The figures in the left-hand column are pretty impressive – that’s eight cask beers (plus the Tripel on keg) which are worth travelling across town for. I know that Ticketybrew are expanding; perhaps this is also an opportunity to get the consistency of their bottled beers sorted, whatever that actually involves (automated bottling? filter and re-seed? bottle in a cleanroom?). If they can pull that off, they could be world-beaters. Especially if they can slow down a bit on the fruit-machine style-ninja front – and maybe, just possibly, think about a name change? (“Thirsty Void”, there’s one nobody’s using. “Dark River”, “Electric Chill”, “BlueWindow”… Or maybe something plain like “Ticket”.)

HOPEFUL UPDATE 6/10 Had a bottle of the Blonde this evening; it was in better condition than I’ve ever tasted it in bottle, mellow and fruity without even a hint of sharpness. If this is how it’s going to be from now on – and I do hope it is – I’ll be recommending Ticketybrew beers in any format and without any qualification. (Even if they keep the name.)

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Quite a bit of all right

More on my firm favourite among brewers, Ticketybrew, with particular reference to their bottled beers. This post and the one before it have been a long time coming; it was last Christmas when I set out to buy every Ticketybrew beer I could find for a comprehensive tasting. Unfortunately my sweep of the shops coincided with a problem at the brewery which led to a few bottles with serious infection issues escaping into the wild, a couple of which I eventually bought. When I alerted Keri at the brewery to what had happened she confirmed that they had had problems – which had since been resolved – and very generously offered to replace the beers I’d bought. So this review isn’t going to say anything about the bottled Dunkelweisse or Salted Caramel Coffee Stout, neither of which I tasted at anything near their best.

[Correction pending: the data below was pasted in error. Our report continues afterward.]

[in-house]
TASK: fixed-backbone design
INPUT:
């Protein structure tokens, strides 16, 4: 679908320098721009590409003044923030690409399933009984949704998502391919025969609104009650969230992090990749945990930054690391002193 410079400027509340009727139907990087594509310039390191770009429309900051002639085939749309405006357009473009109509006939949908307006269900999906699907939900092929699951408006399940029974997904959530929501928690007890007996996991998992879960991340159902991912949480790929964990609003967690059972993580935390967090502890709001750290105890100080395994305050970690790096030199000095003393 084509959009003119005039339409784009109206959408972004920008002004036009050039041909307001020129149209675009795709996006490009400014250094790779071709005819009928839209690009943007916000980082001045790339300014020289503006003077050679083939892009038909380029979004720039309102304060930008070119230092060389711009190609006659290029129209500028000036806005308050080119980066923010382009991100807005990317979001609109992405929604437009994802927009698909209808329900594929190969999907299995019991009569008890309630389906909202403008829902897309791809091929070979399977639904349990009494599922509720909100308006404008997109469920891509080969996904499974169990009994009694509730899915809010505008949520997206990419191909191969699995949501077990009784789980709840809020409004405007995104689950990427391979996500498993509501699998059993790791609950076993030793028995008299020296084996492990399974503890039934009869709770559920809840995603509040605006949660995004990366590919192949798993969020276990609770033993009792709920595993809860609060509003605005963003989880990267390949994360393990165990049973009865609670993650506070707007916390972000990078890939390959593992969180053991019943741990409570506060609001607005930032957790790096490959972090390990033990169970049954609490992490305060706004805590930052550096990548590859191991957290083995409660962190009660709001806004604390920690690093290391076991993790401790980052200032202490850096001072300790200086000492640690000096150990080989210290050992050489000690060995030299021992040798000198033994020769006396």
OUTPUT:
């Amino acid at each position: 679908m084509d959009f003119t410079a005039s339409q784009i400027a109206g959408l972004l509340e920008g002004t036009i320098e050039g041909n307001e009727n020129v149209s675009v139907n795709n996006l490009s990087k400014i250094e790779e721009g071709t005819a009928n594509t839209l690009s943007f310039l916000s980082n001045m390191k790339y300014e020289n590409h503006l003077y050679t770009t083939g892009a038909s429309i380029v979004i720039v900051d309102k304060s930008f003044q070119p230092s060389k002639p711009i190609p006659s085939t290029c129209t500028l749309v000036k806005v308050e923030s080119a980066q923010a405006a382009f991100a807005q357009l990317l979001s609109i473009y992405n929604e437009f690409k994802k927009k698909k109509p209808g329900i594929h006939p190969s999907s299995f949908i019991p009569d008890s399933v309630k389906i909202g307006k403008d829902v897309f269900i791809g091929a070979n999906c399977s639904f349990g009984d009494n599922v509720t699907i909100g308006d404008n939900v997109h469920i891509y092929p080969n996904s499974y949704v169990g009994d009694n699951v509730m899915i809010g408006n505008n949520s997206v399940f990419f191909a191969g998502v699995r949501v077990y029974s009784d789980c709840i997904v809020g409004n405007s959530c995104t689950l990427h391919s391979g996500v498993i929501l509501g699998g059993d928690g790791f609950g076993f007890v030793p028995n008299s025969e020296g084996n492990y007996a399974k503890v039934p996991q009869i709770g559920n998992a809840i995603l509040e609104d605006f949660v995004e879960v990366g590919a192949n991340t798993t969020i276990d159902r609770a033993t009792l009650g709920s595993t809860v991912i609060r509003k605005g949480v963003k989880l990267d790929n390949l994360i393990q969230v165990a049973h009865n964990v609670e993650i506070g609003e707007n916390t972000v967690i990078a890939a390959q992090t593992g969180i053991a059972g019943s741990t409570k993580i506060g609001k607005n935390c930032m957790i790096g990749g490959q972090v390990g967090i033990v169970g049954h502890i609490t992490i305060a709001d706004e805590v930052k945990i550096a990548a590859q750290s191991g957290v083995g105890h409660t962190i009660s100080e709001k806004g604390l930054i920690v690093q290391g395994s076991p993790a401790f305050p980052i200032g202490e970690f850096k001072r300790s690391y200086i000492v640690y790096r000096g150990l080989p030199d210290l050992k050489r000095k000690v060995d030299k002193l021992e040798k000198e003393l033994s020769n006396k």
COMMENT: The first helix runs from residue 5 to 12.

Ticketybrew do a huge range of beers in bottle – all bottled by hand, and all (as far as I’m aware) bottle-conditioned – so this is going to be a bit of a ‘list post’. First, some bottled beers that are also available on draught (or vice versa). Of the beers I reviewed in the last post, I’ve had the Stout, Jasmine Green Tea Pale, Cherry Berliner Weiss, Coffee Anise Porter, Black IPA, Table IPA and Tripel in bottled form, as well as the Pale and the Blonde. Those two are reliably good – almost as good in bottle as they are on cask. Of the others, the Stout was very nice, the Jasmine Green Tea was rock-solid and the Cherry Berliner Weiss worked well (and I could taste the fruit).